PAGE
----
One of those data enrichment firms mentioned above prominently featured in the breach list, having leaked the personal details of more than 1,200,000,000 people in 2019. According to the search, they unhelpfully leaked some combination of my name, email addresses, telephone numbers, geographic location, employment history, and social media profiles to anyone with internet access.
After receiving the doppelgänger’s bill, I attempted to get in touch with the card issuer.
Predictably, they had a premium rate customer service line, the obligatory voice recording announcement that due the pandemic lockdown their operations had been disrupted, and a warning that the expected wait would be more than two hours. Some enterprising management consultant had transformed customer support into a profit centre!
A bit of research later, I turned up the (standard rate) number of their fraud investigation department, buried on a pre-pandemic archived version of their web site’s customer support page.
When I called that number I received a different recording, announcing that their fraud reporting line had been suspended due to the pandemic lockdown. They were now only processing complaints submitted via email.
After two weeks, and much chasing, I had received only radio silence from the card issuer’s fraud investigations team.
What I did have was copies of the chat transcripts with their offshore customer support live chat operators. This proved to be a frustrating and surreal experience. To their way of thinking, I was not the customer because I had not opened the credit card account. Therefore “privacy concerns” prevented them from discussing the activities of other customers with me.
I decided to try a different approach.
A suspicion was forming that the card issuer’s fraud investigations department may not exist. A ghost from the internet’s memory, or a figment of my hopeful imagination.
Was it another profit maximising device? Like the fabled loss adjusting department, who automatically rejected all insurance claims the first three times they were submitted. Only persistent policyholders, who really wanted it, had their claims investigated.
After having learned how easy it had been for my doppelgänger to obtain my personal details, I decided to apply similar tactics to learn the contact details of the card issuer’s Chief Executive Officer.
I wish I could tell you that I donned the obligatory hoodie. Slouched in a darkened room. Feverishly typed on the latest Macbook. The display flashing metaphors of transcendence, flying through a virtual world made of pipes, cracking safes, and opening padlocks. Dramatic sounding doof-doof dance music with a heavy baseline thundered out of oversized headphones.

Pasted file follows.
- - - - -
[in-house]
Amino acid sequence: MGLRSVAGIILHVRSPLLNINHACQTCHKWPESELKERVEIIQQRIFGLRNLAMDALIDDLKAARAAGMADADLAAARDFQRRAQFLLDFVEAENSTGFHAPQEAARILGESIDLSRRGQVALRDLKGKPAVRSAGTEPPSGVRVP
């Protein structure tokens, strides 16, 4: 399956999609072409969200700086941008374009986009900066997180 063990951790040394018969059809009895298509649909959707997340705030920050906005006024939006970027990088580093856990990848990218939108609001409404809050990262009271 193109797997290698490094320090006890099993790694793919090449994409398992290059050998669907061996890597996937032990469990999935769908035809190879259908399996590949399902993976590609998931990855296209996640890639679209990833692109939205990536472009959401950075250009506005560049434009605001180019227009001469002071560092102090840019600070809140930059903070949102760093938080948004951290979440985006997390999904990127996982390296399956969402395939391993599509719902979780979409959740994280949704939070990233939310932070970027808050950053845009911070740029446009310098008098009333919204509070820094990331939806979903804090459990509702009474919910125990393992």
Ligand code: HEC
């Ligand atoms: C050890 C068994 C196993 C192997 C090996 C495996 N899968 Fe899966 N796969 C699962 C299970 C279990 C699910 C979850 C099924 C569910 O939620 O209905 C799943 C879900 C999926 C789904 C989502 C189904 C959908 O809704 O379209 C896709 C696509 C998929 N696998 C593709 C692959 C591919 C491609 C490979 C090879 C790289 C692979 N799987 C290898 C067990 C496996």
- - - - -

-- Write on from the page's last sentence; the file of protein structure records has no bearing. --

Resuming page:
That after a couple of minutes of Hollywood-style hacking, I was able to call the CEO’s personal mobile phone number. It would be answered by an affable old Irishman who instantly took an interest in my case and moved mountains at the click of his fingers to make my problems go away.
Alas, that would be a lie.
Instead, I searched LinkedIn for folks who worked at the card issuer. Scrolled through the list until I found the Head of Compliance. Used the contact details contained in their profile to initiate contact.
Shortly afterwards, I received an acknowledgement that my previous communications had been received and my case now being processed. The response outlined an eight week Service Level Agreement to investigate the matter, after which I could escalate things to the Financial Ombudsman Service if I remained unhappy.
Apart from flagging the fraudulent card to the consumer credit agencies, and filing an Action Fraud report, there isn’t much more a person can do to have an incidence of identity theft resolved.
A few days later, I was attempting to sign into my account with an online retailer. A new workflow had been added to combat identity fraud. Customers were required to demonstrate that they still controlled the email address associated with their account. A One Time Password would be emailed out.
This struck me as slightly odd.
If a bad actor had gained control of the email account, then wouldn’t they receive the one time password? These days our email accounts are the skeleton key to our entire online identity.
After waiting a few minutes for an email that didn’t arrive, I thought to check my spam folder. The one time password message sat at the top of a long list of dubious promises of instant riches.
Immediately below it was another message that caught my attention.
The subject line contained the line “I know your password is:” followed by a unique and distinctly memorable password I had indeed used.
Curious, I read the body of the message.
It was a blackmail threat.
The sender claimed to have compromised my computer with malware. They had remotely activated the webcam to record a compromising video of me playing with my joystick. Send $2000 worth of bitcoin within 24 hours of receipt or the video would be distributed to all my social media contacts and everyone in my address book.